Partnership with PIN Ukraine

Published: Aug 7, 2023 Reading time: 9 minutes
Partnership with PIN Ukraine
© Foto: People in Need

In 2022-2023, PIN Ukraine has partnered with over 200 CSOs and volunteer initiatives. How do we define partnerships, and why do we prioritise locally-led response?

Our Relief and Development Department's Partnership Strategy 2022- 2026 sees Civil Society & Inclusive Governance as one of the three strategic pillars of our organisation. Moreover, strengthening and transforming partnerships is one of the Strategy's organisational priorities.

For PIN, a partnership is a formal collaborative arrangement between organisations and institutions with mutually agreed objectives, a shared set of partnership principles and clear roles and responsibilities. 

Who do we partner with? 

Local civil society actors, including CSOs and grassroots, authorities of all levels, the private sector, think tanks, and academia, can partner with us. Following Russia's full-scale invasion of Ukraine, PIN has prioritised partnerships with CSOs and authorities; however, we aim to pay more attention to other actors in humanitarian response and development processesin Ukraine.

During 2022-2023, PIN has worked directly and through partners, covering most of Ukraine's oblasts in sectors such as Food, WASH, Shelter/NFI, Protection, Education, and Cash assistance. The overwhelming majority of our partners (around 90%) work in the east and south of the country.

Why do we partner with each other in crises?

Partnerships lead to increased long-term impact and ensure the sustainability of interventions. They also pave the way to mutual learning and growth through resource sharing and complementarity; they contribute to more effective campaigning on joint advocacy priorities. For local responders, partnering with INGOs can be a way to benefit from expertise on topics specific to the humanitarian and development spheres and connect with different stakeholders at the national and global levels. Partnerships can also bring access to direct funding from other humanitarian agencies. Meanwhile, through organisations and volunteers accustomed to local contexts, needs, capacities, and gaps, INGOs can adopt their particular knowledge and practices to quickly and adequately respond to crises. They can also reach difficult areas and innovate new partnership models.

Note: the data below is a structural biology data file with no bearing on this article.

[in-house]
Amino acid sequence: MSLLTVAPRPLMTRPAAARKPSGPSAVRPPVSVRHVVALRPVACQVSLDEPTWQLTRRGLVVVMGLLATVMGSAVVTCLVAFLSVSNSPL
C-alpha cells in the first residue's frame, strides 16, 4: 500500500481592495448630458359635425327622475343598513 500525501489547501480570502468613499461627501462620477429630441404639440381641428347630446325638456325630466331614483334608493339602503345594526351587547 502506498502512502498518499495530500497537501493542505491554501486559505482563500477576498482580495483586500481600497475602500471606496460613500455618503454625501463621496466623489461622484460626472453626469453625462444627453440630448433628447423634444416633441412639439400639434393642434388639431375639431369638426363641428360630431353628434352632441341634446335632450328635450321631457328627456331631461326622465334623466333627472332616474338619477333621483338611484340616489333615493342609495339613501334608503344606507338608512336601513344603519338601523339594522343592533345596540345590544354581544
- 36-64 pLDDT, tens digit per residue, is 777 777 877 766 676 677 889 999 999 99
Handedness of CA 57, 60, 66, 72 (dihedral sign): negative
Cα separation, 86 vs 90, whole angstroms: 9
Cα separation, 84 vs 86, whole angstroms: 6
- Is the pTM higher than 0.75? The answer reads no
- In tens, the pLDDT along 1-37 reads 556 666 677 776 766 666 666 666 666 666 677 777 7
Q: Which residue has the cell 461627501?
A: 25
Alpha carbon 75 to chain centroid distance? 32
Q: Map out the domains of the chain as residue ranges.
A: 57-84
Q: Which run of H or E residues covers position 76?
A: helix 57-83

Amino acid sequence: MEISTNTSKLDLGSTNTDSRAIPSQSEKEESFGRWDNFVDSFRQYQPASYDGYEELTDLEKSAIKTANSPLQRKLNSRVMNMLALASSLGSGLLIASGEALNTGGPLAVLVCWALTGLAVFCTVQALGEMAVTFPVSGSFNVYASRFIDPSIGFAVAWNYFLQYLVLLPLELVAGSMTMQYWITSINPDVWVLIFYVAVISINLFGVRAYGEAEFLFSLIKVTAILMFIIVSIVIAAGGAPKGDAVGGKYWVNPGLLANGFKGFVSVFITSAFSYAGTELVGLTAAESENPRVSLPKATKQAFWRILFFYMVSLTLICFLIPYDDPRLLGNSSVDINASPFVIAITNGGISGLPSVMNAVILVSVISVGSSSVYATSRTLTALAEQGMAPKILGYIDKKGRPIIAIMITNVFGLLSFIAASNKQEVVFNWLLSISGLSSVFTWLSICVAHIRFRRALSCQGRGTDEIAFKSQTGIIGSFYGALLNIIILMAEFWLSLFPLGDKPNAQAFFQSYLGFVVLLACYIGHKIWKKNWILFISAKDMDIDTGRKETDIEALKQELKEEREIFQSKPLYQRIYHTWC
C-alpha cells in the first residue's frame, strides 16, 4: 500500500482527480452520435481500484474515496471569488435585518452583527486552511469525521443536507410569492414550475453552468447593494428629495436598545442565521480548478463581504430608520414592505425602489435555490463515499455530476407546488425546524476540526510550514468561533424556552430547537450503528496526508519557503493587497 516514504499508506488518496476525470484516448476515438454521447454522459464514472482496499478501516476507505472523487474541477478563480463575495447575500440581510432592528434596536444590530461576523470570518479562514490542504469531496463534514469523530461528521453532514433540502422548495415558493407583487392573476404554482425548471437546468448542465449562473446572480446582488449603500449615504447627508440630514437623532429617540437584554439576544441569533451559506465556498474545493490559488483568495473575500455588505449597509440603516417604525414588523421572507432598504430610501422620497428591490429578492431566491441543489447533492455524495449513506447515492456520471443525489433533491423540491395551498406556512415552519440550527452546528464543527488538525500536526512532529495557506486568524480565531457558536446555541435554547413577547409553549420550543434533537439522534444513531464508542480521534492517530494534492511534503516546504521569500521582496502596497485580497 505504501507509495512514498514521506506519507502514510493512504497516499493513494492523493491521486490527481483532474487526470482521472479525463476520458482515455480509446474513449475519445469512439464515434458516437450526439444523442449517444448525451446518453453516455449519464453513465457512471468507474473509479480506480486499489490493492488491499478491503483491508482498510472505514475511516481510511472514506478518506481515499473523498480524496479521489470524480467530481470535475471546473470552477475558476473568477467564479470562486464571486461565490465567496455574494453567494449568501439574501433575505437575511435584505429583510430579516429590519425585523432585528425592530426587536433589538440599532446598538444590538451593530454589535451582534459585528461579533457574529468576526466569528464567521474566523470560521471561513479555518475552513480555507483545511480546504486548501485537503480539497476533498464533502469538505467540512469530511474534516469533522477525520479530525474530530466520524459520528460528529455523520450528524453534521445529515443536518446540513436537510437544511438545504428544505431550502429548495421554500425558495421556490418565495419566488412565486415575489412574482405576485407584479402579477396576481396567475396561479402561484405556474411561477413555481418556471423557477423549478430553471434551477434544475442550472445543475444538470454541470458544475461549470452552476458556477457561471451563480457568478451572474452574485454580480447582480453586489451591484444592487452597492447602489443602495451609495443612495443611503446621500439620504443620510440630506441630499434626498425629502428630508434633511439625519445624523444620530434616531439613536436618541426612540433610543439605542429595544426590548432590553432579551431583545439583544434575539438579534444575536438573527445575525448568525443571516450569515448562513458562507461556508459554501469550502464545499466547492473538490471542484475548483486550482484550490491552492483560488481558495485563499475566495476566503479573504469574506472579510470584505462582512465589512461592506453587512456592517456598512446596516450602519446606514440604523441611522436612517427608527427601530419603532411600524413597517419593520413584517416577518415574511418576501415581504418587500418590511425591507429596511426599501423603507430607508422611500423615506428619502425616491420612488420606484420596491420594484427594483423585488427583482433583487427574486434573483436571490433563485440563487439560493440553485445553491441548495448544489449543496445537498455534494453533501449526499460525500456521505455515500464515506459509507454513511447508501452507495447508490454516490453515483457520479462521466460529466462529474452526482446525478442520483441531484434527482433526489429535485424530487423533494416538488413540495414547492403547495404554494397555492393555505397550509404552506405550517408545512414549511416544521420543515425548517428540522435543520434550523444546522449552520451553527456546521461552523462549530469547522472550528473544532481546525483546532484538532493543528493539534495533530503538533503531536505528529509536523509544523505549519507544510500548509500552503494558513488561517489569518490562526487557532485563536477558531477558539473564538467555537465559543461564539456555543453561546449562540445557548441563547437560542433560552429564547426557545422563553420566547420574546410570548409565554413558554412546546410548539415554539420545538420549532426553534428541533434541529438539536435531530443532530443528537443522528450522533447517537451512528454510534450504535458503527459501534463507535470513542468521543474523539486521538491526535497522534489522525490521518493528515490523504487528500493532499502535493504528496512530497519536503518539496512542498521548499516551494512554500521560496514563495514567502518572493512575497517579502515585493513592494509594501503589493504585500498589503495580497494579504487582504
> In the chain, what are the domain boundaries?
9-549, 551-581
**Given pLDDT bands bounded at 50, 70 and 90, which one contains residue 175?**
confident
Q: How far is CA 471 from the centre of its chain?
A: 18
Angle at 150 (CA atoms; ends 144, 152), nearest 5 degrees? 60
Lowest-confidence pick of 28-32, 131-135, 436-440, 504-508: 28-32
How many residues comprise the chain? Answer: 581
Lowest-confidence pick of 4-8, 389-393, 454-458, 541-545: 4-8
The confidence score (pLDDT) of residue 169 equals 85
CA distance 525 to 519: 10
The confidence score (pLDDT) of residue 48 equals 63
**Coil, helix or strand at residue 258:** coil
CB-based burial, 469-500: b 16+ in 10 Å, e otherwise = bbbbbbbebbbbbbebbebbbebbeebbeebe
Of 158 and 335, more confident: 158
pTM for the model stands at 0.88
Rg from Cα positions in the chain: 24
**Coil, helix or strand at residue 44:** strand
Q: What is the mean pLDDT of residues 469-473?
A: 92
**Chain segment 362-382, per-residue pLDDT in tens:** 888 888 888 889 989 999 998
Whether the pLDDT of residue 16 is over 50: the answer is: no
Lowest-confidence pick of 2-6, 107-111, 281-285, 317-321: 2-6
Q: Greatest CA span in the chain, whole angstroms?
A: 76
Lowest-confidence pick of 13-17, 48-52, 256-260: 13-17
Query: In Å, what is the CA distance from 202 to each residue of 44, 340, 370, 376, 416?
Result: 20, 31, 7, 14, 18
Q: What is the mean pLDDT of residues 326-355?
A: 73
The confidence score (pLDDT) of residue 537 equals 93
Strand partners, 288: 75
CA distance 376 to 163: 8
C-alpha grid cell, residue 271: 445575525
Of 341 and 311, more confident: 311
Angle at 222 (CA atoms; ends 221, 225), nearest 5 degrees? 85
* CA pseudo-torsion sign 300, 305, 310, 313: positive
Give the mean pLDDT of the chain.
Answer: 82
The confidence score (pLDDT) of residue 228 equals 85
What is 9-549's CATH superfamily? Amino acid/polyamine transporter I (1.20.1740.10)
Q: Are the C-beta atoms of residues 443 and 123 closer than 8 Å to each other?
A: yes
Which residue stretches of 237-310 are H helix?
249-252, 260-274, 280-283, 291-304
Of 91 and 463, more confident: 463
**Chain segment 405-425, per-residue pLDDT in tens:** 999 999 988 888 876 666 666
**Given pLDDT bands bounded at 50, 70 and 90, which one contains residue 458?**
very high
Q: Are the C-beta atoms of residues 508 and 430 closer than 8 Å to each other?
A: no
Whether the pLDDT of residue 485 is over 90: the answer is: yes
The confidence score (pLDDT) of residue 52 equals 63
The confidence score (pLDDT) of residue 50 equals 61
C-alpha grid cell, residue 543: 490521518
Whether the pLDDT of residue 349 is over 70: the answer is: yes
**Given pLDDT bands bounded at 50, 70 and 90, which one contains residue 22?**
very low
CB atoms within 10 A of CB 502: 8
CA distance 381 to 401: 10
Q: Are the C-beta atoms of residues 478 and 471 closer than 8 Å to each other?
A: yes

Local humanitarian action

In Ukraine, the role of local civil society in addressing the needs of the current humanitarian crisis is immense. Efficient assistance to war-affected people is often impossible without community initiatives, volunteer groups, newly registered CSOs, well-established foundations and national networks of NGOs that work on the ground. Such groups know local needs, are well-connected with authorities, businesses and INGOs, and deliver aid to various locations nationwide. PIN recognises the significance of locally-led response and is committed to meaningful actions that support, strengthen, and amplify the work of local responders in Ukraine.

What has PIN done to achieve this goal?

  • Equal partnership and participatory approach. In partnerships, PIN strives to construct shared visions and co-create joint programmatic frameworks based on complementarity. PIN is particularly committed to regular consultations with local responders to inform its operations. We advocate for necessary changes and involve our partners in the design of programmes and strategies. Further, we consider their suggestions in our project proposals, strategic revisions, advocacy activities, etc.